Back in September
Grafova, Irina B., and Frank P. Stafford. 2009. "The Wage effects of personal smoking history." Industrial & Labor Relations Review, 26(3): 381-393.
This study explores determinants of the wage penalty borne by smokers. The authors reconstruct individual smoking histories by pooling PSID (Panel Study of Income Dynamics) data for 1986-2001. They find no wage gap between former smokers and those who had never smoked, but statistically significant wage gaps between smokers who would continue smoking and three other groups: those Who Would later quit smoking, those who had quit smoking already, and those who never smoked. The wage penalty for smoking, observed in the 1986 cross-section, is largely driven by those who would continue smoking over the years 1986-2001. These results suggest that the smoker/nonsmoker wage differential observed at any given time may be driven by a non-causal explanation rather than by smoking per se. For example, persistent smokers may be characterized by myopia that leads to reduced investment in health capital and firm-specific or other human capital.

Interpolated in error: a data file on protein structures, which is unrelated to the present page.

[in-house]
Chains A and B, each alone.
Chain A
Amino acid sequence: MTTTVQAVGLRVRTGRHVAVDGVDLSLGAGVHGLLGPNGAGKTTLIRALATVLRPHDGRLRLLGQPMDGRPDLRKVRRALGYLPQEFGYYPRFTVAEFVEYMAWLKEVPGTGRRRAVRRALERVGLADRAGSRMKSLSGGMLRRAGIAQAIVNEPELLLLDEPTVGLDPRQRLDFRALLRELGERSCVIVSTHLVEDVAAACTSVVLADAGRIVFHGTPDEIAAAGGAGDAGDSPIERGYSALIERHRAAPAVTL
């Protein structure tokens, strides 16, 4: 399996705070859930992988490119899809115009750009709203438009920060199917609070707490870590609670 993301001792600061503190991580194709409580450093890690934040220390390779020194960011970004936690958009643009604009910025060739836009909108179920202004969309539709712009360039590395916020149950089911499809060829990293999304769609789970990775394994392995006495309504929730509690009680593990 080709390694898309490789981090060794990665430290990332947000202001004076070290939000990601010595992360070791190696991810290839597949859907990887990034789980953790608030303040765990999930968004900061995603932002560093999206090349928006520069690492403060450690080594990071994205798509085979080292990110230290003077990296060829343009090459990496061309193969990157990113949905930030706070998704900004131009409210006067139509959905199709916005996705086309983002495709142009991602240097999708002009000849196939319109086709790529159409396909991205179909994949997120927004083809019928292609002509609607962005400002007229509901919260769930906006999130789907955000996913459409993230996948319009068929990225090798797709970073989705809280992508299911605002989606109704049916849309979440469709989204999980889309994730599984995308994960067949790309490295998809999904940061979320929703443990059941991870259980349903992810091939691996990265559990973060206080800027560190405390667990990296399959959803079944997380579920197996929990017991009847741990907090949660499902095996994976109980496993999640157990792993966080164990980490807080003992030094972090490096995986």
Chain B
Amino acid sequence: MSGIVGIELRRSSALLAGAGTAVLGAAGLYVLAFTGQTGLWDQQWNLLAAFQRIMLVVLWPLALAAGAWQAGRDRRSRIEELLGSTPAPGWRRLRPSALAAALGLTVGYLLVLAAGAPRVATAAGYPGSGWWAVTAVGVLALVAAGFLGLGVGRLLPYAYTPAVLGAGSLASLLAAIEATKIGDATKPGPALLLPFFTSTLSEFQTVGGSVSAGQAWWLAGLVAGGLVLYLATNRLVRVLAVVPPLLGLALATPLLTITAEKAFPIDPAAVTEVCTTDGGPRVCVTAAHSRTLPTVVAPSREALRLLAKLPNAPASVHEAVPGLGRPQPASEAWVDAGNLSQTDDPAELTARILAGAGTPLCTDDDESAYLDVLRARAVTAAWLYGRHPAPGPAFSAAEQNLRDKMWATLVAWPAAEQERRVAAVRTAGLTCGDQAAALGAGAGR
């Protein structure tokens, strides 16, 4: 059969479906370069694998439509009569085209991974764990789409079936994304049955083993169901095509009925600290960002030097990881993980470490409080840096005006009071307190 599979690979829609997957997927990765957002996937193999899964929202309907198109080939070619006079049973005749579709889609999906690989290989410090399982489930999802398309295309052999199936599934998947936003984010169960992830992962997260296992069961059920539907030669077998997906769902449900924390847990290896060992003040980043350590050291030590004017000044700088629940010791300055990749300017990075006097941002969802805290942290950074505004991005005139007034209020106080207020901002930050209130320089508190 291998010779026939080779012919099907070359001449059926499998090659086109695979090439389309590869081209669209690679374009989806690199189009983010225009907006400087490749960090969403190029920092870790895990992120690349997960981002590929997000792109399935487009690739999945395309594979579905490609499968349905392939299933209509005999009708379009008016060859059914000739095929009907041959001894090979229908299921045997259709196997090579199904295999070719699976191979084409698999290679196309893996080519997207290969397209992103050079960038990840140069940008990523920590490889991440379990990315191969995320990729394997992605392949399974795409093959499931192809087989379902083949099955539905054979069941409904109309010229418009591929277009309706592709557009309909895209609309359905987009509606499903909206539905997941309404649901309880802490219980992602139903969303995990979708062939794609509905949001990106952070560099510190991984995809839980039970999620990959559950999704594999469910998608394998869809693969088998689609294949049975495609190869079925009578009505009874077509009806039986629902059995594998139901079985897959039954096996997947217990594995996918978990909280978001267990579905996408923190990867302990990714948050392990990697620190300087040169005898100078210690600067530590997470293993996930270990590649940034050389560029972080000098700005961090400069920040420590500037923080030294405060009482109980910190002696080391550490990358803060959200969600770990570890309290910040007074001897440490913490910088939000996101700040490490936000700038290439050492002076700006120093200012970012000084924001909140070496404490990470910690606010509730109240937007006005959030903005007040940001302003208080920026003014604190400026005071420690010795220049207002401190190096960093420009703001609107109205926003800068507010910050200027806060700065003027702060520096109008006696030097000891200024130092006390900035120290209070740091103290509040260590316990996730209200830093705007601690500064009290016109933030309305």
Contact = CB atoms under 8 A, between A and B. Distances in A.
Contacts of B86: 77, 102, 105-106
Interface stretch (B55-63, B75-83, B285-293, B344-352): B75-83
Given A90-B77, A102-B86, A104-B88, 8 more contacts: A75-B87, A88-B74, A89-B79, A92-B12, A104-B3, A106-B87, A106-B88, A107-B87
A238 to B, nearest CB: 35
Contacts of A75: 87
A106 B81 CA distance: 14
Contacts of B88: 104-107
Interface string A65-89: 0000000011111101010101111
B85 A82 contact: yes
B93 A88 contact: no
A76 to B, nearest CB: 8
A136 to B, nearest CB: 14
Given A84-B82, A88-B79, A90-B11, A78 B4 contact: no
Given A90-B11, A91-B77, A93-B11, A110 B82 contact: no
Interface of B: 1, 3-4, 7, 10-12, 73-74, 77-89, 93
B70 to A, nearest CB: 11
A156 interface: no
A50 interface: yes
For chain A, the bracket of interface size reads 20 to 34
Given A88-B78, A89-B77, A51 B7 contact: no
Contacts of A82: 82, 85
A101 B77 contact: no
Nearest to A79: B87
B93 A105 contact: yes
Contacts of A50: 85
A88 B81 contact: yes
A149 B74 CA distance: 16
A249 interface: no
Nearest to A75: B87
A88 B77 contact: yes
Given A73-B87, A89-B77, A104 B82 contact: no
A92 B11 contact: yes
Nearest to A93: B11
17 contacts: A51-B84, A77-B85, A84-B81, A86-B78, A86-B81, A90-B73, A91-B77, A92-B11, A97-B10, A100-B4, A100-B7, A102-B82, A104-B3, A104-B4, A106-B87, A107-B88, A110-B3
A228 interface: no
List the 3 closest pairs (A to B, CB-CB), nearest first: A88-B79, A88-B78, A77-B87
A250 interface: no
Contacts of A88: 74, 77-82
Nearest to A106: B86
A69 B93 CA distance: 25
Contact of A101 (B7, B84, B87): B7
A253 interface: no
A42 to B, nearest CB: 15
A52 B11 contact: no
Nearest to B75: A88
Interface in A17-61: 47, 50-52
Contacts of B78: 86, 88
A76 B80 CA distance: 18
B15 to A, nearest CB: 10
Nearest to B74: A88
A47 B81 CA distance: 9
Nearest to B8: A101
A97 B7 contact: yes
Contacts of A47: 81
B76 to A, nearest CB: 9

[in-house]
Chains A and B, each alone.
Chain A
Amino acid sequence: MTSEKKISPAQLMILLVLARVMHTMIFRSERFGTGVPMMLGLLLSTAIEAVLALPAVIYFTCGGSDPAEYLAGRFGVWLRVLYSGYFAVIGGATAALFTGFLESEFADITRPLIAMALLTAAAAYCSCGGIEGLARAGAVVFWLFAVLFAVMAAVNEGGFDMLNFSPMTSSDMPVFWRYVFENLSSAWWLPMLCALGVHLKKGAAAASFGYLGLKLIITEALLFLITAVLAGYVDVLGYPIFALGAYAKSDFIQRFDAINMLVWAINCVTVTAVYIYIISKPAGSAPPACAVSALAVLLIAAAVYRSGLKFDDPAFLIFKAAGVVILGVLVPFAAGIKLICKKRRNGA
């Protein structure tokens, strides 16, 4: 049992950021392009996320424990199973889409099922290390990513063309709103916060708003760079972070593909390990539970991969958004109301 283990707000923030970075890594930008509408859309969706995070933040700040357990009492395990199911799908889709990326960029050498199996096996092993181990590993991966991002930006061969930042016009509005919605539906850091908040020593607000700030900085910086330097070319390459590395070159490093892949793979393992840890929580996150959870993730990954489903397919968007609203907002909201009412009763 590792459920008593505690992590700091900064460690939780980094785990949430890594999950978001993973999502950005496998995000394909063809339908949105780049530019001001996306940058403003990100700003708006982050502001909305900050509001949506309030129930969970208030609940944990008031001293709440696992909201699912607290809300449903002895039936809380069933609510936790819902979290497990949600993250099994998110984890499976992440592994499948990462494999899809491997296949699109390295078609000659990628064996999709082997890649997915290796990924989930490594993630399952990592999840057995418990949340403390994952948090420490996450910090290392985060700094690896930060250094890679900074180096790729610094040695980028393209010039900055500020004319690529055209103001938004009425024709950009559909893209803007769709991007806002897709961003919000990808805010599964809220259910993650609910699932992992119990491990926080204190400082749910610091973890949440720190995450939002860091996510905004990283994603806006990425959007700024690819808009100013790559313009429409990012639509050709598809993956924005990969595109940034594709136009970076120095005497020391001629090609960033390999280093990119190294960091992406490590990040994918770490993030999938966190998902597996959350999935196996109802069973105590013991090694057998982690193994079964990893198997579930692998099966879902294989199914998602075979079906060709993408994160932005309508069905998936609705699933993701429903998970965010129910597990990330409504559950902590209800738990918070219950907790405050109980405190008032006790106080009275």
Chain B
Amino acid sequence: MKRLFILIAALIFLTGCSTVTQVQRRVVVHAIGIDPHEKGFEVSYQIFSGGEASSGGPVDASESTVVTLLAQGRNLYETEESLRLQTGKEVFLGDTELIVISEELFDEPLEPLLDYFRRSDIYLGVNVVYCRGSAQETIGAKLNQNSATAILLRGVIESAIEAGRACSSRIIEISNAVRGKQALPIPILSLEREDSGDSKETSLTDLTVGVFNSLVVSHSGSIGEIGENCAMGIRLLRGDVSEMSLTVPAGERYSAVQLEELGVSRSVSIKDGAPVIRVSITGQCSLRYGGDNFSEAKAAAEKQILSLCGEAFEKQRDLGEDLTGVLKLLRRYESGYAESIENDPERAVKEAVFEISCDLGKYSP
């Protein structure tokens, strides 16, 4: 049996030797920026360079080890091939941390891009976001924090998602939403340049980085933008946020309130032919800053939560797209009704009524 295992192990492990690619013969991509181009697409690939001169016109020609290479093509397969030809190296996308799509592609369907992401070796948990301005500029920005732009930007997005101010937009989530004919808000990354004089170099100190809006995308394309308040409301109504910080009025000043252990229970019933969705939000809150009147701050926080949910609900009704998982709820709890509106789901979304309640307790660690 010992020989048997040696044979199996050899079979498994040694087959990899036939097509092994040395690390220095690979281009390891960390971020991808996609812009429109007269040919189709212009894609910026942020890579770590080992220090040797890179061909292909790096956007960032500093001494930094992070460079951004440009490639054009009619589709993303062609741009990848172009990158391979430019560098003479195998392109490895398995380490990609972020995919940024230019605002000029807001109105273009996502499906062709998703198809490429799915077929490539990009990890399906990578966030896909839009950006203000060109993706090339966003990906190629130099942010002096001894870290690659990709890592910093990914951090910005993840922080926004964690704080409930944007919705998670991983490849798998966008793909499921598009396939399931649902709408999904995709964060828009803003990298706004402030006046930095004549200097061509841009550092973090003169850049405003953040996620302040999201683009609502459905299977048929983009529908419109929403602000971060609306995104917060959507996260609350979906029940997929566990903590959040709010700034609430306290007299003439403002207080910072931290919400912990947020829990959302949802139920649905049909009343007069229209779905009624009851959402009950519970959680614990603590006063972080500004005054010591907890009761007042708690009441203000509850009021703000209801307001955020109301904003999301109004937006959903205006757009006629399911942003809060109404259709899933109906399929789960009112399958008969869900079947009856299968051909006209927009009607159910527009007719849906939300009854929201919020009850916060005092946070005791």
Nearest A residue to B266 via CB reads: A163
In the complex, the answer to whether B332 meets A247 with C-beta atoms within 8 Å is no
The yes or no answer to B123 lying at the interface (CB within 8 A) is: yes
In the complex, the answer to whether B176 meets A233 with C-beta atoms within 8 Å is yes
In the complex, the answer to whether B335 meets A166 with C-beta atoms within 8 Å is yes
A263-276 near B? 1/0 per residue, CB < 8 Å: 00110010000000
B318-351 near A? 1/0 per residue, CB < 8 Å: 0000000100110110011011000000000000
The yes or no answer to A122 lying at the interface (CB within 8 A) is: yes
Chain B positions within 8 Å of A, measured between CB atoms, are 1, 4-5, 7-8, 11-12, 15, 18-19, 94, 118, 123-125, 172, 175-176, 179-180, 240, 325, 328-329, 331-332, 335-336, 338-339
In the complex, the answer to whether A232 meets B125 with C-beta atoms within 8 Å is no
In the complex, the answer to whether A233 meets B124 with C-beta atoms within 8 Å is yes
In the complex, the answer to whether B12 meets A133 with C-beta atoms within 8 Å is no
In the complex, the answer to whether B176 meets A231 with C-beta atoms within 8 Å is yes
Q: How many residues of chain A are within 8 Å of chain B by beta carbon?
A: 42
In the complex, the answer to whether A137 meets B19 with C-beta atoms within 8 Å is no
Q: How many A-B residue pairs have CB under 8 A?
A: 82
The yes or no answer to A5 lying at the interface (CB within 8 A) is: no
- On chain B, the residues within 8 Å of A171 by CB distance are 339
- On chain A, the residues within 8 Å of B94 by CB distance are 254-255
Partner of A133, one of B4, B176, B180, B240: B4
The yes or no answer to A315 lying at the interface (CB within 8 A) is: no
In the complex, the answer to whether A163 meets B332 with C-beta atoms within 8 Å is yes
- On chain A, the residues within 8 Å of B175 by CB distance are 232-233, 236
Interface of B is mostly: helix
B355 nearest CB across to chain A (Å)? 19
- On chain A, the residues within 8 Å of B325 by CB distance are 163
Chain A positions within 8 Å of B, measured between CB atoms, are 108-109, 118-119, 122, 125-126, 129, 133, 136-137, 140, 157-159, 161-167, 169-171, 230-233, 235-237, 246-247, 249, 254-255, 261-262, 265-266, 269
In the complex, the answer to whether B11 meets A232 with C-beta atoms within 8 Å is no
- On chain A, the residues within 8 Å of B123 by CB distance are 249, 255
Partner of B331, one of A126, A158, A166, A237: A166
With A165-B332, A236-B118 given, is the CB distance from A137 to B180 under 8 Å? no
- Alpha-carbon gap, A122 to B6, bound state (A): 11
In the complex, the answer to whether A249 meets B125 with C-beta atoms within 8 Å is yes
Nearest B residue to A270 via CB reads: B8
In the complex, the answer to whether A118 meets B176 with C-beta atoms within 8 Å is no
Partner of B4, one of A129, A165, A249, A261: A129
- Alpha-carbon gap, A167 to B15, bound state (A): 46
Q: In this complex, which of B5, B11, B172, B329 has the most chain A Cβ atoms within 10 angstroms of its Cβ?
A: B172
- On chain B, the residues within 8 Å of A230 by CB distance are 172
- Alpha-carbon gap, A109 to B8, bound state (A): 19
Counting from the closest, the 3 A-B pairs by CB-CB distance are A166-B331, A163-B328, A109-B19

Country of focus: United States.